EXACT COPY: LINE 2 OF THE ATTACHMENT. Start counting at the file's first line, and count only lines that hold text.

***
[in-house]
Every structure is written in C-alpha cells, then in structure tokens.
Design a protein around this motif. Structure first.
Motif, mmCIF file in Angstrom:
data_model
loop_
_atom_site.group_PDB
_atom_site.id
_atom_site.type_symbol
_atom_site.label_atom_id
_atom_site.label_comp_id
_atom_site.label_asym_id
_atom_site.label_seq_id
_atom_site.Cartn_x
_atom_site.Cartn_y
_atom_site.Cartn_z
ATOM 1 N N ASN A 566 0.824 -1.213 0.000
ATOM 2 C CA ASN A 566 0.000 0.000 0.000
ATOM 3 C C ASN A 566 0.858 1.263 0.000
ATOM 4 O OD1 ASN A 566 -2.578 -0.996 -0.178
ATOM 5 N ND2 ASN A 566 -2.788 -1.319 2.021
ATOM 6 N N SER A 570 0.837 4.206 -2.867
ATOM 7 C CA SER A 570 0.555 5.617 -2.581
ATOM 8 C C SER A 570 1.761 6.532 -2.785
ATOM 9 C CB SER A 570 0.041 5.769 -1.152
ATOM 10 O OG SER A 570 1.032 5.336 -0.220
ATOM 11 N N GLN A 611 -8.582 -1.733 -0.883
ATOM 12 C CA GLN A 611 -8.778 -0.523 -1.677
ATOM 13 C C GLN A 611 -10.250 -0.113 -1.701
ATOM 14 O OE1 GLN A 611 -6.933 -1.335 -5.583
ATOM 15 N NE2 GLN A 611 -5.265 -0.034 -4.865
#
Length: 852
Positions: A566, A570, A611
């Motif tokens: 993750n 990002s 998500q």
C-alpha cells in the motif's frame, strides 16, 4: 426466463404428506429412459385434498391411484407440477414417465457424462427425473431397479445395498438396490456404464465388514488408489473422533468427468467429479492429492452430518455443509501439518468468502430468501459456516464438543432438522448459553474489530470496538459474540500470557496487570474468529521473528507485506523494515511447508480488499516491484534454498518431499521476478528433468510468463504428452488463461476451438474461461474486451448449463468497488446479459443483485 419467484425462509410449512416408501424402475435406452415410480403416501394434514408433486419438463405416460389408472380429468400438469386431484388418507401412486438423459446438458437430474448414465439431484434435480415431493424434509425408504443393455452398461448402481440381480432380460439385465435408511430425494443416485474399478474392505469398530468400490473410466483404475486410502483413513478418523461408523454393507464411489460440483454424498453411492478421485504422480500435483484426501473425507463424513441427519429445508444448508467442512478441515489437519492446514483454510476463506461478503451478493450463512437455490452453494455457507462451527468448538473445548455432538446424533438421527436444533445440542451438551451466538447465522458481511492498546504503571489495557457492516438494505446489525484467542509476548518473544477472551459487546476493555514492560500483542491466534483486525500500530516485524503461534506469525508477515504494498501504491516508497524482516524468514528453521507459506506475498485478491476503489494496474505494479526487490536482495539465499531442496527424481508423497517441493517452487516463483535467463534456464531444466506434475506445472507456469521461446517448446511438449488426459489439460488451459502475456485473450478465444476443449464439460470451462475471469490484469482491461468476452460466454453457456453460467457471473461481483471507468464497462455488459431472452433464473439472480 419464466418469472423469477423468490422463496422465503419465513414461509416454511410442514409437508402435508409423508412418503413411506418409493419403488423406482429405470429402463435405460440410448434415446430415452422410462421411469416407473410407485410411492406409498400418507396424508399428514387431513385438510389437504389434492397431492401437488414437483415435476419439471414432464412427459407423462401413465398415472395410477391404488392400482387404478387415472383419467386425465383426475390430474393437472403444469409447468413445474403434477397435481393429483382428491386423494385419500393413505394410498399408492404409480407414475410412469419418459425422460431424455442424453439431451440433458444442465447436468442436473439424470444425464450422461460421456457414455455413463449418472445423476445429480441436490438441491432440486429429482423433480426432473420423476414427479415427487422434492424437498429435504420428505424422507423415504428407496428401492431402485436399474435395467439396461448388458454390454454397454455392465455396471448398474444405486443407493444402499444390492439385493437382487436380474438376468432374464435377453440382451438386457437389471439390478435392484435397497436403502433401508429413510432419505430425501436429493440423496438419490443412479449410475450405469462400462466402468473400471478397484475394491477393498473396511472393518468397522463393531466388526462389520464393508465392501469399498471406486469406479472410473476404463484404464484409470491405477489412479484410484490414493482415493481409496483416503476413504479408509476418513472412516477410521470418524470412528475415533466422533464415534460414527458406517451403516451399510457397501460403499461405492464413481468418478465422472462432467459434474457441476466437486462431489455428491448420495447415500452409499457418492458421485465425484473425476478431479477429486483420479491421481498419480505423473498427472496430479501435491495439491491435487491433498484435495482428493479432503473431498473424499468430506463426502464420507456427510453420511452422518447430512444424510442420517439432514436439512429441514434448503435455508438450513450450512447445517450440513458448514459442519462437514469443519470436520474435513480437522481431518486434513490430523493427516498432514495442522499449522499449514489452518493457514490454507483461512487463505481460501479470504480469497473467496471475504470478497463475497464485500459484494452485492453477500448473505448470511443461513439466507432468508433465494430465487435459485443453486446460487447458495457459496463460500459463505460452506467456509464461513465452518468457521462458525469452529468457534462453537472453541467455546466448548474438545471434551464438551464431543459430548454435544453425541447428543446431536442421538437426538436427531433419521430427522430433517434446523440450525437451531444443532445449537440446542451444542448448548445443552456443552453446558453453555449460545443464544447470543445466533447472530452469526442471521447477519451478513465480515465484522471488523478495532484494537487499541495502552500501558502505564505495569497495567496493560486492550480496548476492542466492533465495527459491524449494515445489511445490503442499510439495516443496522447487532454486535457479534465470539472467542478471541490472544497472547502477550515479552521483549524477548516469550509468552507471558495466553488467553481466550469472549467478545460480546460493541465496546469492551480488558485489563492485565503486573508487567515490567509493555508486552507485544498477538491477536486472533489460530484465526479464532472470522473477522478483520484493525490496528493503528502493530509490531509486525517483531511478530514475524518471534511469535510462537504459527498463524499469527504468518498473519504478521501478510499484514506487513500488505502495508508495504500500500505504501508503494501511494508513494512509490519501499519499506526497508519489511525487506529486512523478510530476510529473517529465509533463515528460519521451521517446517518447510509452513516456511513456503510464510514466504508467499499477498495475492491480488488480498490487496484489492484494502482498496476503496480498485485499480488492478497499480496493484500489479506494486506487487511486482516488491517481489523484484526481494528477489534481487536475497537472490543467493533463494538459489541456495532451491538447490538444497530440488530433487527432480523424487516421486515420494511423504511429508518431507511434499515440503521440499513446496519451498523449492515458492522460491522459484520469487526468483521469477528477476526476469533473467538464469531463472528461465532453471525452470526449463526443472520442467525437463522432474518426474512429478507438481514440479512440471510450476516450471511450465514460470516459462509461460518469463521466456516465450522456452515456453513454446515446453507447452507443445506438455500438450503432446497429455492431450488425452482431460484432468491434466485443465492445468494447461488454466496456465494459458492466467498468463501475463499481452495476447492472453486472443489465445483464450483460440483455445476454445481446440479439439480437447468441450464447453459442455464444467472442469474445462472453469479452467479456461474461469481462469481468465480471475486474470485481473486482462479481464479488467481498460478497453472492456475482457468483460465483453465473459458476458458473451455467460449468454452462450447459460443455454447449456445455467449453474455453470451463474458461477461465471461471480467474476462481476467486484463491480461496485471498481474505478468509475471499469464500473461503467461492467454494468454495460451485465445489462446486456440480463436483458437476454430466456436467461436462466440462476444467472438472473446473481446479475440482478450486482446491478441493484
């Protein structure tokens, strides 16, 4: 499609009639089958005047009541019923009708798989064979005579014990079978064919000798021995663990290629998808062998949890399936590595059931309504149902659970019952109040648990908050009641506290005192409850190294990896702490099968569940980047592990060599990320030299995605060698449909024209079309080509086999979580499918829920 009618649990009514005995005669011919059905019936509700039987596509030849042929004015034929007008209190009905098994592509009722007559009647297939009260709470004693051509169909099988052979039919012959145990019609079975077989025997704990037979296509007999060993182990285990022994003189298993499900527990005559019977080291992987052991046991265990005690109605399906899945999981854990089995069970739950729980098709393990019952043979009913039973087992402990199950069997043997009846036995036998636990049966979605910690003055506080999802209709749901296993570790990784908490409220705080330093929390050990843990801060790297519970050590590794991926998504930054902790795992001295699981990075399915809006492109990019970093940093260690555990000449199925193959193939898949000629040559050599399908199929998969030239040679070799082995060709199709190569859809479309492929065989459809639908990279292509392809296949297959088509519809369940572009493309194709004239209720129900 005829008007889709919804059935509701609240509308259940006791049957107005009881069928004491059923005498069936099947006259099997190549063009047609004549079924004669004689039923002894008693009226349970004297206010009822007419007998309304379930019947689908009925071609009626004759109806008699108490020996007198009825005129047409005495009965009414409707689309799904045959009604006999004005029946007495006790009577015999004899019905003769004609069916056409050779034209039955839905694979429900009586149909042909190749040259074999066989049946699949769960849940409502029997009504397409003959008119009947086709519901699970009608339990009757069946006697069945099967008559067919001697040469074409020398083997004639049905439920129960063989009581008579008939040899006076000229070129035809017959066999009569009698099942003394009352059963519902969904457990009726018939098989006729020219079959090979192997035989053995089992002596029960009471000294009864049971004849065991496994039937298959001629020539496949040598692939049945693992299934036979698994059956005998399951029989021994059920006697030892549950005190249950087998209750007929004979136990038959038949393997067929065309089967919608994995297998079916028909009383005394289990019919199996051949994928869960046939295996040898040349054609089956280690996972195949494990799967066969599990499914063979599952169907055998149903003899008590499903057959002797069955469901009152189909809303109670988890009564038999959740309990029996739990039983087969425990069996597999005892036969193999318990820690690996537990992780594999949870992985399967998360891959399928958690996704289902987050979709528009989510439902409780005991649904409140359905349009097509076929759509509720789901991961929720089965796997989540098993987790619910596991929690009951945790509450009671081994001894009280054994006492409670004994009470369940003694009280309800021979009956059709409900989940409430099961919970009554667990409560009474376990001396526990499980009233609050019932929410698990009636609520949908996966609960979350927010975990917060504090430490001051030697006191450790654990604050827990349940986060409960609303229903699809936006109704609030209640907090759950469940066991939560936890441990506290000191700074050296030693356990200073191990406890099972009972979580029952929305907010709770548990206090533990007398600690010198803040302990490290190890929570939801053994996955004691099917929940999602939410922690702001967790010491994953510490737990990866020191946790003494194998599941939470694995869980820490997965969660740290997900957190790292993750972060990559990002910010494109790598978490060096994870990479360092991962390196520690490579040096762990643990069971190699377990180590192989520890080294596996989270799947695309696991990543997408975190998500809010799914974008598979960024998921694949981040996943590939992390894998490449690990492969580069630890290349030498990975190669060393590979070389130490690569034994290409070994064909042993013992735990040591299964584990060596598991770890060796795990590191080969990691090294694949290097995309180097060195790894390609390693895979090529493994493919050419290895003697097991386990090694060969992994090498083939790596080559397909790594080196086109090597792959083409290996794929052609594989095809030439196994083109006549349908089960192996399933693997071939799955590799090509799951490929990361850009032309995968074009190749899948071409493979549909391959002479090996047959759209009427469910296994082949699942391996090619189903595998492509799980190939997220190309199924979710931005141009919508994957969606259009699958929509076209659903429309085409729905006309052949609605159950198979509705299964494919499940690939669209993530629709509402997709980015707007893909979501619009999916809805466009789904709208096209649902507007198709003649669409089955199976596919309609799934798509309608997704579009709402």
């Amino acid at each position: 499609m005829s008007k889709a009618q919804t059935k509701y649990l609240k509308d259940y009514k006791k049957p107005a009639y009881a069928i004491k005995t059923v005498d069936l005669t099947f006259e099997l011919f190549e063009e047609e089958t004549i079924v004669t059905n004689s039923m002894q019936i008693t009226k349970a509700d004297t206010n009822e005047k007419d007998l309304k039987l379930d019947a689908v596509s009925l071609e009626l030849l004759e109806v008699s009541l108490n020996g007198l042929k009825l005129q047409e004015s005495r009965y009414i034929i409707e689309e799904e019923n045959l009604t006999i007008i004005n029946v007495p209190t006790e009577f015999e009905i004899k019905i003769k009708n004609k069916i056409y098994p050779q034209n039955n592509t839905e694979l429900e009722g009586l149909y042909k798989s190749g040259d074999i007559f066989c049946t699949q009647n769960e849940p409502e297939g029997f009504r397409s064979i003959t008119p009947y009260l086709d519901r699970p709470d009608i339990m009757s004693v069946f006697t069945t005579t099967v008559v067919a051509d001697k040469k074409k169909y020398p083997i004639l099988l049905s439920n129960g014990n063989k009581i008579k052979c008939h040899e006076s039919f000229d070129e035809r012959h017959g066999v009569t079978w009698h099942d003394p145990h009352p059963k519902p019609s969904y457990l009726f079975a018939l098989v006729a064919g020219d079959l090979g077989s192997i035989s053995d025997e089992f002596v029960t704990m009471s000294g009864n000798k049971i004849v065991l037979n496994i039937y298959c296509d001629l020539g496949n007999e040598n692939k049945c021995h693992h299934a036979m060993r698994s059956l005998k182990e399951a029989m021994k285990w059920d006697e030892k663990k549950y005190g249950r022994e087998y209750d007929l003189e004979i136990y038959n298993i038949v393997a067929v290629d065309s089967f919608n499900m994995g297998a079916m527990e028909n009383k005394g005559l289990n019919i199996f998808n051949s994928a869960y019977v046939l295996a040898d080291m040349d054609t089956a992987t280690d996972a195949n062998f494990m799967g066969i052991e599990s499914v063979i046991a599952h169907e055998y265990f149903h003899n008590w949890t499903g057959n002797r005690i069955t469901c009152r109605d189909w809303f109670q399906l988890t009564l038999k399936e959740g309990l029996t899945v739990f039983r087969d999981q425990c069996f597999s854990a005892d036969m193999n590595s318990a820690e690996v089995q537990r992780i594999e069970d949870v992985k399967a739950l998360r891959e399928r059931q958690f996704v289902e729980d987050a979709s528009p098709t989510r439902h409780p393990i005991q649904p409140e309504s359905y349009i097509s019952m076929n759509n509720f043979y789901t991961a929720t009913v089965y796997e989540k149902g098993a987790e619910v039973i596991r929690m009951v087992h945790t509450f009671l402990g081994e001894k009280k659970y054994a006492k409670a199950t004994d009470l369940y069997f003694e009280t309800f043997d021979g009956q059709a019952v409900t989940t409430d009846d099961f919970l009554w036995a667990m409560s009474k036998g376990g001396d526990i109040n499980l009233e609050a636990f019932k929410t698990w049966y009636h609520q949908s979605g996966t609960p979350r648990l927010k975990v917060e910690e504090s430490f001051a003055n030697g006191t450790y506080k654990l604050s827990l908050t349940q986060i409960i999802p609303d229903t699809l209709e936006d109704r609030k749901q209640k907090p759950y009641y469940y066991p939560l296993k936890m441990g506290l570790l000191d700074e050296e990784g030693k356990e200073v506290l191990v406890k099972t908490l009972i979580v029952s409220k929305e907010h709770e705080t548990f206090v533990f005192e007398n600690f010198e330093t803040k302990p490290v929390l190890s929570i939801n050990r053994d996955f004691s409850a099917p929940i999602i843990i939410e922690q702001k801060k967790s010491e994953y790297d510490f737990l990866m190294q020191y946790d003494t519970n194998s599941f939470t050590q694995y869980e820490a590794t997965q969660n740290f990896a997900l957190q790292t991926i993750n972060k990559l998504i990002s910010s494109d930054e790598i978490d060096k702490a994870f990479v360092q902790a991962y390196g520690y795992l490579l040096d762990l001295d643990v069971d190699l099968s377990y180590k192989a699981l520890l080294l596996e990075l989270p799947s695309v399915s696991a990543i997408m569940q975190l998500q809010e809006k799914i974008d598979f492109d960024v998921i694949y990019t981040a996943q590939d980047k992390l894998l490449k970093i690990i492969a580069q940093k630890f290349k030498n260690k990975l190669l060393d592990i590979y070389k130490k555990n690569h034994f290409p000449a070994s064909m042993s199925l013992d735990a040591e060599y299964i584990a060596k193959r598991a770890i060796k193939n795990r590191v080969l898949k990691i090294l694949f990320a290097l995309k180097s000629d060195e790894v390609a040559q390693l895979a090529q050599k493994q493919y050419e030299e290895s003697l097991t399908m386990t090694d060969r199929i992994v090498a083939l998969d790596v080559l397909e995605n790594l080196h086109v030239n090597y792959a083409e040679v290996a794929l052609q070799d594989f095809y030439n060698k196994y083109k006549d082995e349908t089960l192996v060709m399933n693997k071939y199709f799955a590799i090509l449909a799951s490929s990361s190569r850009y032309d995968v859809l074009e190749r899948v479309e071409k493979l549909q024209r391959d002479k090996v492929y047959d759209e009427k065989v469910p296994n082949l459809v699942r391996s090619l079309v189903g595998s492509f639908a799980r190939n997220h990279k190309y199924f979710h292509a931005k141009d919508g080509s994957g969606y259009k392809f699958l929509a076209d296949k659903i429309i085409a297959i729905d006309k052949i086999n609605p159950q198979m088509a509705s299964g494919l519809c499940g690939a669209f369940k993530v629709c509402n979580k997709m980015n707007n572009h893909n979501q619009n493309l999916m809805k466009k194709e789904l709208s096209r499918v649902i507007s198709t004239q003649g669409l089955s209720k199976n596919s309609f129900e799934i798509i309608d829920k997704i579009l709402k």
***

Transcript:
Every structure is written in C-alpha cells, then in structure tokens.